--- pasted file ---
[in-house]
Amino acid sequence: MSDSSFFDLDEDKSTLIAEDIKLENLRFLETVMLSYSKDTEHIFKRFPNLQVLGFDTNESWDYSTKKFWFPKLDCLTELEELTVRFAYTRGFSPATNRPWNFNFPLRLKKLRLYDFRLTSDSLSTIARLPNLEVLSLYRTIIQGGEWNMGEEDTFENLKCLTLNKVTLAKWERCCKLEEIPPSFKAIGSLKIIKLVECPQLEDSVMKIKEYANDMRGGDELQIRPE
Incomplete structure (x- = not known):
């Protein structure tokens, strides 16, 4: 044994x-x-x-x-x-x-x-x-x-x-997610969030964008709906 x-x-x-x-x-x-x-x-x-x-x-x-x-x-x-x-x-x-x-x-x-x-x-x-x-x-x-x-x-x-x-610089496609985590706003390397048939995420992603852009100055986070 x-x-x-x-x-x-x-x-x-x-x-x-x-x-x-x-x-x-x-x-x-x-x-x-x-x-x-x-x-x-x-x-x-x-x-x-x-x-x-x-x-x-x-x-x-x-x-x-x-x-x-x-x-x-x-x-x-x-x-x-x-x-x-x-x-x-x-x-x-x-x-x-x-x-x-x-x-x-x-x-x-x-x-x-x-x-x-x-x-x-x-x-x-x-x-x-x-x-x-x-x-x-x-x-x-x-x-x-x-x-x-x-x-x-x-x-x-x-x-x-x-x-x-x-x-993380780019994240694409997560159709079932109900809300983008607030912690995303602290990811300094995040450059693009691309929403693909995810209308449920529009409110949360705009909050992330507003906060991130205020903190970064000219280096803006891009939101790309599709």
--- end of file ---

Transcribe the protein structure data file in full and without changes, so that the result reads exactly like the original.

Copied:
[in-house]
Amino acid sequence: MSDSSFFDLDEDKSTLIAEDIKLENLRFLETVMLSYSKDTEHIFKRFPNLQVLGFDTNESWDYSTKKFWFPKLDCLTELEELTVRFAYTRGFSPATNRPWNFNFPLRLKKLRLYDFRLTSDSLSTIARLPNLEVLSLYRTIIQGGEWNMGEEDTFENLKCLTLNKVTLAKWERCCKLEEIPPSFKAIGSLKIIKLVECPQLEDSVMKIKEYANDMRGGDELQIRPE
Incomplete structure (x- = not known):
């Protein structure tokens, strides 16, 4: 044994x-x-x-x-x-x-x-x-x-x-997610969030964008709906 x-x-x-x-x-x-x-x-x-x-x-x-x-x-x-x-x-x-x-x-x-x-x-x-x-x-x-x-x-x-x-610089496609985590706003390397048939995420992603852009100055986070 x-x-x-x-x-x-x-x-x-x-x-x-x-x-x-x-x-x-x-x-x-x-x-x-x-x-x-x-x-x-x-x-x-x-x-x-x-x-x-x-x-x-x-x-x-x-x-x-x-x-x-x-x-x-x-x-x-x-x-x-x-x-x-x-x-x-x-x-x-x-x-x-x-x-x-x-x-x-x-x-x-x-x-x-x-x-x-x-x-x-x-x-x-x-x-x-x-x-x-x-x-x-x-x-x-x-x-x-x-x-x-x-x-x-x-x-x-x-x-x-x-x-x-x-x-993380780019994240694409997560159709079932109900809300983008607030912690995303602290990811300094995040450059693009691309929403693909995810209308449920529009409110949360705009909050992330507003906060991130205020903190970064000219280096803006891009939101790309599709």